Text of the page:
2022-06-22| Licensing

US Court Rules Novartis Blockbuster Multiple Sclerosis Drug’s Patent Invalid

by Fujie Tham
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A US appeals court deemed that a patent related to Swiss-based Novartis’ multiple sclerosis drug Gilenya (fingolimod) was invalid, potentially opening doors for generics of the immunomodulating medication. Judges revived a previous appeal made by a Chinese drugmaker HEC Pharma in January and reversed its last decision. 

The Gilenya ‘405 patent covers a dosing regimen for the drug in treating multiple sclerosis, however, court documents said the patent’s file fails to mention loading doses, which are the higher doses or more frequent administration of the drug before start of treatment.

Related article: Bristol Myers Squibbs Requests $1.2 Billion Patent Revival From Supreme Court 


Novartis’ 3rd Best-Selling Drug


Gilenya, first approved for use in 2010, is an oral disease-modifying therapy (DMT) for controlling disease activity in relapsing multiple sclerosis (RMS). It works by reducing the immune system’s attack on the central nervous system by retaining certain white blood cells (lymphocytes) in the lymph nodes.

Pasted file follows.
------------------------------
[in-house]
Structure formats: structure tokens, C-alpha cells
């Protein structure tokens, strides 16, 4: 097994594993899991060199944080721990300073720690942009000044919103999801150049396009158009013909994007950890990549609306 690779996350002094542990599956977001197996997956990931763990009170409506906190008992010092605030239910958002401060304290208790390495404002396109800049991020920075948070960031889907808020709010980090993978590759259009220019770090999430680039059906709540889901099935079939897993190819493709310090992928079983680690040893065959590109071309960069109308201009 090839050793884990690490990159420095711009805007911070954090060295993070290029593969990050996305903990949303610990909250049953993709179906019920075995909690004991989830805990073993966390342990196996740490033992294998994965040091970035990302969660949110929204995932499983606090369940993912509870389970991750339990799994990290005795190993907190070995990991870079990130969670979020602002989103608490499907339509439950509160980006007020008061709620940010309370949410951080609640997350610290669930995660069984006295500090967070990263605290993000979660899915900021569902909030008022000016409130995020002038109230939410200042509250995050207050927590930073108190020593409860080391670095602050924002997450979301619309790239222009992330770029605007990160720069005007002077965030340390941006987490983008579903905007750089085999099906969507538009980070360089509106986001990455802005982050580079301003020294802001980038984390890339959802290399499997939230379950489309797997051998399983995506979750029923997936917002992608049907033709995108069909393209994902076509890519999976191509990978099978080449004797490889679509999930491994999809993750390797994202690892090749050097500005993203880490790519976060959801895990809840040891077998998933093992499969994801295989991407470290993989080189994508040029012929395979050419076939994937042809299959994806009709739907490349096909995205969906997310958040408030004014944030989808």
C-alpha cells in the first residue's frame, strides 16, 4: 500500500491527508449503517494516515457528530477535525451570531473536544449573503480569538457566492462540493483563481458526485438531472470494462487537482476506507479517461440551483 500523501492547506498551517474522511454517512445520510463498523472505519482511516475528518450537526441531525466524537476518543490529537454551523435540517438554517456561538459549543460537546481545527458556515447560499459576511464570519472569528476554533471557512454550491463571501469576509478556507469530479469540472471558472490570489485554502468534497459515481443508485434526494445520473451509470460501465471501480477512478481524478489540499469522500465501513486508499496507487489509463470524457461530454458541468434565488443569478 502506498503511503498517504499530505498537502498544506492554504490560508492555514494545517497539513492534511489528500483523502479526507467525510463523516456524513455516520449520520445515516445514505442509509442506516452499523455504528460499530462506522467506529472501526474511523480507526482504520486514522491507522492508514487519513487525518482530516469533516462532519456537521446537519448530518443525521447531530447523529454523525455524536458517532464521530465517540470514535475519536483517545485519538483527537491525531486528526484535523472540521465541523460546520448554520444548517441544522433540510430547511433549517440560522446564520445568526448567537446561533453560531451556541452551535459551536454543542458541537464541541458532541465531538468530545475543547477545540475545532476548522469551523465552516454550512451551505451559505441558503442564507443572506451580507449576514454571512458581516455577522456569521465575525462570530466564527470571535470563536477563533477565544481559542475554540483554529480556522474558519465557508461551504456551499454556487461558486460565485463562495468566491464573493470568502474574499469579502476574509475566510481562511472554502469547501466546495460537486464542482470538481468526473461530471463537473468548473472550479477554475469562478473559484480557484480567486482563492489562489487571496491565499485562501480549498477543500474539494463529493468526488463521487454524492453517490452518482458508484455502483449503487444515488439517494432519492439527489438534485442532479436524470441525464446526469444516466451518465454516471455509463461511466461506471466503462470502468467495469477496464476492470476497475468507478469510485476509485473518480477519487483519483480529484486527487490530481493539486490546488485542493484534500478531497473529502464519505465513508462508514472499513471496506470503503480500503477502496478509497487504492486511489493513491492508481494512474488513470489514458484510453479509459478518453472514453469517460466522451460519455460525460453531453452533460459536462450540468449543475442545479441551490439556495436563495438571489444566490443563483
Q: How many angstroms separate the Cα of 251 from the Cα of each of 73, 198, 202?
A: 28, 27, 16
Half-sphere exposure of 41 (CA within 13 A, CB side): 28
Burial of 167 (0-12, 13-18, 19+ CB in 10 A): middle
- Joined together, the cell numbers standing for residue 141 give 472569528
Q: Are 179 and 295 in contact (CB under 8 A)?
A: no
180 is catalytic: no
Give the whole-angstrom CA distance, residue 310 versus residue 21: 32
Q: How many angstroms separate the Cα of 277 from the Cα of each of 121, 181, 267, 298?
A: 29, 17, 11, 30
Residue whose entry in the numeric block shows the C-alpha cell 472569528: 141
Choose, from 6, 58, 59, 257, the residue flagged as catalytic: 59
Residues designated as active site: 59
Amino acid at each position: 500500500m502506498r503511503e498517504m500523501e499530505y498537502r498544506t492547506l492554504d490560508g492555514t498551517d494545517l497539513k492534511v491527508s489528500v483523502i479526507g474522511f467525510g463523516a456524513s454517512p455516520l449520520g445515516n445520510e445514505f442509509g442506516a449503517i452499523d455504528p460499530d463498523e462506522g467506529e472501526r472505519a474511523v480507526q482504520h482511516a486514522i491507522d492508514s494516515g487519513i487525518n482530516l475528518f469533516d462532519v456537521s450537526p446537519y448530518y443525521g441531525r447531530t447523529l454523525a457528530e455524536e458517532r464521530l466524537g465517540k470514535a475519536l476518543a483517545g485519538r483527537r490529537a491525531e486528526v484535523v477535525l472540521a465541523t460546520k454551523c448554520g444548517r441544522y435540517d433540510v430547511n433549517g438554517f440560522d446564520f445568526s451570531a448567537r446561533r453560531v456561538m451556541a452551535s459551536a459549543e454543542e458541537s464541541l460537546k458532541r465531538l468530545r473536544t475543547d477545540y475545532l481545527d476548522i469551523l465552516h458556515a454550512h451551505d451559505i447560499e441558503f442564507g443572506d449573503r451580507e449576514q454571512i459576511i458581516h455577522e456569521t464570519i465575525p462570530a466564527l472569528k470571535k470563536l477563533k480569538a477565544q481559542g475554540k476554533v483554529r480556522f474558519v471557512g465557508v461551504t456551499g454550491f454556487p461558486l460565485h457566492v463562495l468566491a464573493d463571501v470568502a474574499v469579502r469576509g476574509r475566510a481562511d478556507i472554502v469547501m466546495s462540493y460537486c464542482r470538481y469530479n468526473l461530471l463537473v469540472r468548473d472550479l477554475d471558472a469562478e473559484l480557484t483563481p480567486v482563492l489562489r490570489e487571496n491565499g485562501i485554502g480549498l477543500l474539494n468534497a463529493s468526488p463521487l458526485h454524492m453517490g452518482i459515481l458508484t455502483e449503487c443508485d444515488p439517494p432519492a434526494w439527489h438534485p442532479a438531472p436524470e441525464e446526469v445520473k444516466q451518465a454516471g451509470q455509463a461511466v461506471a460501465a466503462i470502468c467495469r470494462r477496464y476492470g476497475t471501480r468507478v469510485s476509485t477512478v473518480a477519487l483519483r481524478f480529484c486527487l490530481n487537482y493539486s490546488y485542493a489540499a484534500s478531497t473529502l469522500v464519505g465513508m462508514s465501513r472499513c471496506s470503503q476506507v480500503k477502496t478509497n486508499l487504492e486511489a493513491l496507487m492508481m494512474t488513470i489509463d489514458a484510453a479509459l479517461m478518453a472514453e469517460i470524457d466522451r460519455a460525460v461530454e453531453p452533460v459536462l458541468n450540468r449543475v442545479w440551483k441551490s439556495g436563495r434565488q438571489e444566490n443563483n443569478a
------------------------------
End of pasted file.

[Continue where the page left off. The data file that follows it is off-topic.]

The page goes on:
The therapeutic accounted for $2.8 billion in sales last year, making Gilenya the third best-selling drug after Cosentyx and Entresto. 

Unsatisfied with the ruling, Novartis said it plans to file a petition seeking further review of this decision. It said “Novartis intends to vigorously defend the validity of the patent and is considering all available options, including current plans to seek review of this decision by the full CAFC, a process which may take several months,” in a statement.

While the appeal process remains available, a permanent injunction against HEC Pharma is still in place, which the company “believes” will stop HEC Pharma and other concerned parties from launching Gilenya generics at this time.

Novartis has settled patent cases with several other generic drugmakers, allowing them to launch Gilenya generics on an agreed-upon date before the expiration of the dosing patent or even earlier under certain circumstances.

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